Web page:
Monday, January 12, 2009
Review: The Probable Future by Alice Hoffman
The following is a summary from Random House of The Probable Future by Alice Hoffman:
The women of the Sparrow family have lived in New England for generations. Each is born in the month of March, and at the age of thirteen, each develops an unusual gift. Elinor can literally smell a lie. Her daughter, Jenny, can see people’s dreams as they’re dreaming them. Granddaughter Stella, newly a teen, has just developed the ability to see how other people will die. Ironically, it is their gifts that have kept Elinor and Jenny apart for the last twenty-five years. But as Stella struggles to cope with her disturbing clairvoyance, the unthinkable happens: One of her premonitions lands her father in jail, wrongly accused of homicide. The ordeal leads Stella to the grandmother she’s never met and to Cake House, the Sparrow ancestral home full of talismans and fraught with history. Now three generations of estranged Sparrow women must come together to turn Stella’s potential to ruin into a potential to redeem.
I haven't read Alice Hoffman for quite awhile, and I must admit that I really didn't know much about this book when I picked it up a couple of years ago. I have read a couple of her books in the past and have enjoyed them, but quite honestly when I first started this book I found myself not enjoying it as I have enjoyed her previous novels.
As you can see from the summary, all of the women born into the Sparrow family develop a special gift, or power one might say, that is revealed on their 13th birthdays. This was introduced in the beginning of the book and since I didn't think of this as a very realistic probability within a family I was kind of turned off in the beginning. I did get past that because while I was reading the novel I happened to remember a couple of stories where similar instances of inheriting psychic gifts have been reported. How true these stories are, or not, are not really up to me to challenge. So I just reminded myself that this is a fictional story and left it at that.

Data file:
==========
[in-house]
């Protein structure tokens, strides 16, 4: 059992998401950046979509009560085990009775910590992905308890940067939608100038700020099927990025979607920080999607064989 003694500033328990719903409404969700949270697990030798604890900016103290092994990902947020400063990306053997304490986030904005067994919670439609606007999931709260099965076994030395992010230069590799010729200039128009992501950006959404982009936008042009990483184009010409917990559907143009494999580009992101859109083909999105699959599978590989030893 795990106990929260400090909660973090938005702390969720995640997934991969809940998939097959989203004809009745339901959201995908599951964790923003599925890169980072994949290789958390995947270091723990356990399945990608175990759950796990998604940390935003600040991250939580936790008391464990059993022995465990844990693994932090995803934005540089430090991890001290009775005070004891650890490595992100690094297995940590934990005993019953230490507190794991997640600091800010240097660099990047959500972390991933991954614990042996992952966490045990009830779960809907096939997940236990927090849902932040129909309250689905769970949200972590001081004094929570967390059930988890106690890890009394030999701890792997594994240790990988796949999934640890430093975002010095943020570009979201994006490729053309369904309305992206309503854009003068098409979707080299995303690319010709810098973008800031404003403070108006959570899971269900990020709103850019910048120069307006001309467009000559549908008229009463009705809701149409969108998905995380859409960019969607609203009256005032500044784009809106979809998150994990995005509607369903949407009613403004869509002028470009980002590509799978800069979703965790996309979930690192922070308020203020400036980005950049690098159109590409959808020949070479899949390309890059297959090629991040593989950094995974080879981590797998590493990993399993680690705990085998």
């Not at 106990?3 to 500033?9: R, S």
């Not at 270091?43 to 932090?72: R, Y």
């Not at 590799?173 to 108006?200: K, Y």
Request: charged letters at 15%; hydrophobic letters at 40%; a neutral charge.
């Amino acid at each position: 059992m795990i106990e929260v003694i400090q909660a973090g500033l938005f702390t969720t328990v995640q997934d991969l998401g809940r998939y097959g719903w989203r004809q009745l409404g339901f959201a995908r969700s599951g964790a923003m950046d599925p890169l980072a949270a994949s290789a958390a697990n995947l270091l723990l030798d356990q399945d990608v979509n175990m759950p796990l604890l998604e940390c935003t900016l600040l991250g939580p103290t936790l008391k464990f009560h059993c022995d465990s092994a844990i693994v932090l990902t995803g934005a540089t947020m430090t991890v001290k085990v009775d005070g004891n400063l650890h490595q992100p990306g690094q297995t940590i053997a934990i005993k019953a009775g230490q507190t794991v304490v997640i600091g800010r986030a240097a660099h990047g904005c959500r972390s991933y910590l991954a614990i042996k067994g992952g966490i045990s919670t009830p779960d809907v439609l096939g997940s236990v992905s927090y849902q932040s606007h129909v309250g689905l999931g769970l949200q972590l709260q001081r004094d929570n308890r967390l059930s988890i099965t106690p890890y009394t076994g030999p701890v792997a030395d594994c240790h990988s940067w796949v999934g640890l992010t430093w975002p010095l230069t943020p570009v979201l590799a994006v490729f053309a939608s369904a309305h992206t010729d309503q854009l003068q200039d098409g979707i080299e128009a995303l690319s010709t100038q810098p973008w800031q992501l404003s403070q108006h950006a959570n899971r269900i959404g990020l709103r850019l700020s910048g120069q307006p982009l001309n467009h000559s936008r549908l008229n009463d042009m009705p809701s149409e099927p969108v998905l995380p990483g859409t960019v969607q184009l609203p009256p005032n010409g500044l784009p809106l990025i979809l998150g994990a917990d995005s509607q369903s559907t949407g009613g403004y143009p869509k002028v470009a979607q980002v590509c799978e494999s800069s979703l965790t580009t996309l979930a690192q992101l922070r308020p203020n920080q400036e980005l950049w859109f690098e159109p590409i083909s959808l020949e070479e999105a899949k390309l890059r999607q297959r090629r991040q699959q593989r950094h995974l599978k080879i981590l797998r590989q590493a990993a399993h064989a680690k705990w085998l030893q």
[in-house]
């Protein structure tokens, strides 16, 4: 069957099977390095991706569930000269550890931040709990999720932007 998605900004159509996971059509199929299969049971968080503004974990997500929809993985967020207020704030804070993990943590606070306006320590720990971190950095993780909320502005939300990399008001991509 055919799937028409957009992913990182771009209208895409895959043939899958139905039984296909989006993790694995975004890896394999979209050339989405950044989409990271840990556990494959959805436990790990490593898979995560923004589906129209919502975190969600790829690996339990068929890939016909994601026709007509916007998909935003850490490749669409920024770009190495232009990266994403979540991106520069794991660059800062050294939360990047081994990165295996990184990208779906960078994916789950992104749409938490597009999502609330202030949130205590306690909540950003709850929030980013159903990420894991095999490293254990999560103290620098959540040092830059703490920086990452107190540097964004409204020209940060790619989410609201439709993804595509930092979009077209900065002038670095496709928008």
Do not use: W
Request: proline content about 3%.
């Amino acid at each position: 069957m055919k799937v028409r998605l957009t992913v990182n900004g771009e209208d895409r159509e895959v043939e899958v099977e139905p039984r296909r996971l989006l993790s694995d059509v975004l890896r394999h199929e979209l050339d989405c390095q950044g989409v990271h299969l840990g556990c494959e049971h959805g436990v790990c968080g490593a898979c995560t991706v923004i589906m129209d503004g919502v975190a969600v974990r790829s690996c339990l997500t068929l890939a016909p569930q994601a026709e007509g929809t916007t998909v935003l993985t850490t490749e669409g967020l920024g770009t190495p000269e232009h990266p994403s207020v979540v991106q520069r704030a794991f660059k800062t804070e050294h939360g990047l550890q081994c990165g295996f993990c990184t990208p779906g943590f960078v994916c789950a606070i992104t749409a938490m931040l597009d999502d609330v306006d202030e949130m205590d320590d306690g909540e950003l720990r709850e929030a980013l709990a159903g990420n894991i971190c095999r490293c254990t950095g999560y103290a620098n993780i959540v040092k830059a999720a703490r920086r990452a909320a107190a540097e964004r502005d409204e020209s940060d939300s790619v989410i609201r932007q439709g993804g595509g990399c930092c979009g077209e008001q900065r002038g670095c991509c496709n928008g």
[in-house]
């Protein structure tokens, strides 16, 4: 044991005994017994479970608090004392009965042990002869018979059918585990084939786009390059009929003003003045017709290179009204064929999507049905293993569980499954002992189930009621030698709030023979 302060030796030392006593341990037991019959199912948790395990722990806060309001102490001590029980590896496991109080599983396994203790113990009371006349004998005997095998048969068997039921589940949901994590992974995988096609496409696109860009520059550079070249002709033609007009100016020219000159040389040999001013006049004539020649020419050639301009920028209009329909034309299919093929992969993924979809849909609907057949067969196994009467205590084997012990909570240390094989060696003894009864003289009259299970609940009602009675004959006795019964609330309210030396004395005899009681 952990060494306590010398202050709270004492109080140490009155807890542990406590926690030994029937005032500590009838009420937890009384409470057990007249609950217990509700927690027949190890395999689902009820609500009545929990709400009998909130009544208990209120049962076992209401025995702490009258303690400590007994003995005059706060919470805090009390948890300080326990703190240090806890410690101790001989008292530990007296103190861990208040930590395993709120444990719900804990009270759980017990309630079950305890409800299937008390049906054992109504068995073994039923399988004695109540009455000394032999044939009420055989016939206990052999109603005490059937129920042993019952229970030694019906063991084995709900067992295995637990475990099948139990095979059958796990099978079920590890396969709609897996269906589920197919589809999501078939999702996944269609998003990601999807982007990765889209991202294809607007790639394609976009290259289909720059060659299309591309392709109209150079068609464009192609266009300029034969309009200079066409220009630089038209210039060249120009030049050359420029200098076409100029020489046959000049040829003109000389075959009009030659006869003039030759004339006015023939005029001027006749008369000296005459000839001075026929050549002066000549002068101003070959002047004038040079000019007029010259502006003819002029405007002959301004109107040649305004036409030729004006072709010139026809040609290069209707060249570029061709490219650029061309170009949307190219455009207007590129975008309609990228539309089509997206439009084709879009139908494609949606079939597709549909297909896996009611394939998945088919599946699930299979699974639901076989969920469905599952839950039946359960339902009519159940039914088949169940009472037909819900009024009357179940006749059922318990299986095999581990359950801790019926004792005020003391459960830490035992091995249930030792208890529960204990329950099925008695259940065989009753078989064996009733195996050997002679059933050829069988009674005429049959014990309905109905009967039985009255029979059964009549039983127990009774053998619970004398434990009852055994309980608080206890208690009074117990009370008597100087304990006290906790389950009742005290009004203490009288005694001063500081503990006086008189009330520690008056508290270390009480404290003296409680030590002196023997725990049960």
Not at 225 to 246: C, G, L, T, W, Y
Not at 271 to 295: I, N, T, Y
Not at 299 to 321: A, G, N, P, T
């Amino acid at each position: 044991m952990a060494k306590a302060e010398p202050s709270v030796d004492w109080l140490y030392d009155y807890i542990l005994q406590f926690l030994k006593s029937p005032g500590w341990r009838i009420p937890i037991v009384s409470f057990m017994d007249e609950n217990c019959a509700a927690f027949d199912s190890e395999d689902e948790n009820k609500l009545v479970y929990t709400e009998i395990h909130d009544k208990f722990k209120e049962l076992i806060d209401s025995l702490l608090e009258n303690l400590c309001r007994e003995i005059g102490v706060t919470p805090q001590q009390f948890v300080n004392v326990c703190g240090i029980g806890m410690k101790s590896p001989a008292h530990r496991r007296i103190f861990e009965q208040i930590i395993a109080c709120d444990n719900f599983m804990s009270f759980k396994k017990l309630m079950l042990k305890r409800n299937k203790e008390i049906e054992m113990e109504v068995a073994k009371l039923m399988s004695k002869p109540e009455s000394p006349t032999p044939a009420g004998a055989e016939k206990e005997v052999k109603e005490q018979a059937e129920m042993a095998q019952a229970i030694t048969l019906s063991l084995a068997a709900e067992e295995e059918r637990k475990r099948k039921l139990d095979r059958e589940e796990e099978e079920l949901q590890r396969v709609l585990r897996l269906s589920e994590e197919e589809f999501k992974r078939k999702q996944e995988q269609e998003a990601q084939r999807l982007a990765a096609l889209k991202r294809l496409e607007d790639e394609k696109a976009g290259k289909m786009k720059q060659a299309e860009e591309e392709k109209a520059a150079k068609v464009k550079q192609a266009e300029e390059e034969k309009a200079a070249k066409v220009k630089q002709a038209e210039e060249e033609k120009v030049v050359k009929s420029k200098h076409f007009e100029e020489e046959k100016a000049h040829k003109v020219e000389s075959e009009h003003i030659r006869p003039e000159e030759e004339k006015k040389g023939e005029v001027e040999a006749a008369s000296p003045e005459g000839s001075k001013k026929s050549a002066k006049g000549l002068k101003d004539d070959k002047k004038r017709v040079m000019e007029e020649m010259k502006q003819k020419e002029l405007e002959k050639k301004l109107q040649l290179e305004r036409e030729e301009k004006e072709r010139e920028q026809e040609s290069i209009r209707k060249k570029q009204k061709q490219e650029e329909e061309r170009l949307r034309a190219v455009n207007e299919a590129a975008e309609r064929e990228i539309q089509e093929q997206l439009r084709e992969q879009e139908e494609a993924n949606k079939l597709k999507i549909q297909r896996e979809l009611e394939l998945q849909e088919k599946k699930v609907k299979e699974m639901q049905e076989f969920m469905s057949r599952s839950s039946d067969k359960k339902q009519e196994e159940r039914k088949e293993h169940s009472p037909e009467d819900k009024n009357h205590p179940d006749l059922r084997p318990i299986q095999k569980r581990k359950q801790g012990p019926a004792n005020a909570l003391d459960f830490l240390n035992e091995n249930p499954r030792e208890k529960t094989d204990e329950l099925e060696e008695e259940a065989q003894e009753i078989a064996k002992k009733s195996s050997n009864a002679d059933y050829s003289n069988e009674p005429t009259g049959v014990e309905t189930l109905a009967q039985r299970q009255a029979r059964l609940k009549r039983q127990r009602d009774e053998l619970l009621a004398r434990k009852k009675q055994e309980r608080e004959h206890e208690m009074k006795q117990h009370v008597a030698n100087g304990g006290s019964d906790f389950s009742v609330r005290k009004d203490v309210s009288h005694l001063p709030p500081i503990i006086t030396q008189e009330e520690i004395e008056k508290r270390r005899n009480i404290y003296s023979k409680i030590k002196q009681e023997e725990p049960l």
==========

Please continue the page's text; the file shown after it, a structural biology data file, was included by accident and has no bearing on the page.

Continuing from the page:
One of the major themes of this story is how the mother/daughter relationship seems to be strained within this family of women, generation after generation. As soon as Jenny is able, she leaves her heritage home called Cake House to try to lead a somewhat normal life with her new family. Jenny wanted to get as far away from her mother as she could, just as Stella tried to get away from her mother later. Jenny thinks that she has met and married the man of her dreams, only to have the relationship end in divorce years later.
When Jenny's daughter Stella turns 13, Stella learns that her special gift is being able to see how people will die. When Stella tries to warn a stranger of her fatal demise, her father ends up being caught up in the cross-fire and is blamed for the crime. In an attempt to protect her daughter, Jenny decides that Stella should go back to the heritage home and reside at Cake House until the crime is solved.
Throughout the novel the women end up back at Cake House living together, overcoming their differences as they learn to appreciate each other all over again. New friendships and relationships are formed as old ones are renewed. I must admit that since I also had a strained relationship with my mother for many years that this book really hit home for me. I don't know why I keep reading books like that lately, but it seems like I always need a tissue!
So although I did not start out enjoying this book, I did grow to appreciate it, especially for the family relationships. Most of the characters had positive changes concerning romantic relationships that were fun to watch develop. It was not my favorite book that I have read by Alice Hoffman, but if you enjoy reading books that include some paranormal themes, you may enjoy it.